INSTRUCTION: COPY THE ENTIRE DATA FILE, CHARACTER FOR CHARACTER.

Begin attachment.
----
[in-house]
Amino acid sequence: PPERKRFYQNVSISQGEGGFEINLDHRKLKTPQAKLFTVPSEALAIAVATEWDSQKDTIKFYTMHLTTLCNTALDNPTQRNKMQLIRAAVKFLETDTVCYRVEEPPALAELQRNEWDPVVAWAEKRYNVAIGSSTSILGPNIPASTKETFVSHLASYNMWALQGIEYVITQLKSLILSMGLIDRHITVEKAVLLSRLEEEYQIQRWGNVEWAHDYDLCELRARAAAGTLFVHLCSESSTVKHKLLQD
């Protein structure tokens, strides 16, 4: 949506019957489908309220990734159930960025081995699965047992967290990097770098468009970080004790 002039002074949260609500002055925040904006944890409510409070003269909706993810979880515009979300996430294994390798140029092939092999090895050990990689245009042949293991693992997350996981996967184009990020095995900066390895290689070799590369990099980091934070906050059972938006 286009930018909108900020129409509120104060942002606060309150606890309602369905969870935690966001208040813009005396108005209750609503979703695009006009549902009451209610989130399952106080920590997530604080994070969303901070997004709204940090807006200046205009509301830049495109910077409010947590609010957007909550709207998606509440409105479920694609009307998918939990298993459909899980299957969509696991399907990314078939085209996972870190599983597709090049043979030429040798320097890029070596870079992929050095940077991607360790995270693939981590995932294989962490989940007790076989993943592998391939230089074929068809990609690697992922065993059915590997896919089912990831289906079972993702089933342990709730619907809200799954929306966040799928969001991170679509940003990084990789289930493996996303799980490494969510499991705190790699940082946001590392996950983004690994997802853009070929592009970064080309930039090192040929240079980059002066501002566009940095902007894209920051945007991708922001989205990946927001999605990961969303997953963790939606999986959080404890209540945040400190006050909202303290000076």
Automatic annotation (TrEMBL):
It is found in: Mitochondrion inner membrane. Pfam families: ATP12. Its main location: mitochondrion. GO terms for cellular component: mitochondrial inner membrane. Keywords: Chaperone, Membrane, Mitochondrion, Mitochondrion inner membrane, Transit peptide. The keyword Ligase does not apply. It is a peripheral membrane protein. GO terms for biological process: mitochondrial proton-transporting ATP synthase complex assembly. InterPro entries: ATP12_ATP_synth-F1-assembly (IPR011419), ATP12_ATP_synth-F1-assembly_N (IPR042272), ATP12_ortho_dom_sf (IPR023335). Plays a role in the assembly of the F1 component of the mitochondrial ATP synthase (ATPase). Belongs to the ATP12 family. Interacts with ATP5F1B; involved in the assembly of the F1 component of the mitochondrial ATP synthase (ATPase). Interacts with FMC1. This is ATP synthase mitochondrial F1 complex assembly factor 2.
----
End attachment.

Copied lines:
[in-house]
Amino acid sequence: PPERKRFYQNVSISQGEGGFEINLDHRKLKTPQAKLFTVPSEALAIAVATEWDSQKDTIKFYTMHLTTLCNTALDNPTQRNKMQLIRAAVKFLETDTVCYRVEEPPALAELQRNEWDPVVAWAEKRYNVAIGSSTSILGPNIPASTKETFVSHLASYNMWALQGIEYVITQLKSLILSMGLIDRHITVEKAVLLSRLEEEYQIQRWGNVEWAHDYDLCELRARAAAGTLFVHLCSESSTVKHKLLQD
């Protein structure tokens, strides 16, 4: 949506019957489908309220990734159930960025081995699965047992967290990097770098468009970080004790 002039002074949260609500002055925040904006944890409510409070003269909706993810979880515009979300996430294994390798140029092939092999090895050990990689245009042949293991693992997350996981996967184009990020095995900066390895290689070799590369990099980091934070906050059972938006 286009930018909108900020129409509120104060942002606060309150606890309602369905969870935690966001208040813009005396108005209750609503979703695009006009549902009451209610989130399952106080920590997530604080994070969303901070997004709204940090807006200046205009509301830049495109910077409010947590609010957007909550709207998606509440409105479920694609009307998918939990298993459909899980299957969509696991399907990314078939085209996972870190599983597709090049043979030429040798320097890029070596870079992929050095940077991607360790995270693939981590995932294989962490989940007790076989993943592998391939230089074929068809990609690697992922065993059915590997896919089912990831289906079972993702089933342990709730619907809200799954929306966040799928969001991170679509940003990084990789289930493996996303799980490494969510499991705190790699940082946001590392996950983004690994997802853009070929592009970064080309930039090192040929240079980059002066501002566009940095902007894209920051945007991708922001989205990946927001999605990961969303997953963790939606999986959080404890209540945040400190006050909202303290000076």
Automatic annotation (TrEMBL):
It is found in: Mitochondrion inner membrane. Pfam families: ATP12. Its main location: mitochondrion. GO terms for cellular component: mitochondrial inner membrane. Keywords: Chaperone, Membrane, Mitochondrion, Mitochondrion inner membrane, Transit peptide. The keyword Ligase does not apply. It is a peripheral membrane protein. GO terms for biological process: mitochondrial proton-transporting ATP synthase complex assembly. InterPro entries: ATP12_ATP_synth-F1-assembly (IPR011419), ATP12_ATP_synth-F1-assembly_N (IPR042272), ATP12_ortho_dom_sf (IPR023335). Plays a role in the assembly of the F1 component of the mitochondrial ATP synthase (ATPase). Belongs to the ATP12 family. Interacts with ATP5F1B; involved in the assembly of the F1 component of the mitochondrial ATP synthase (ATPase). Interacts with FMC1. This is ATP synthase mitochondrial F1 complex assembly factor 2.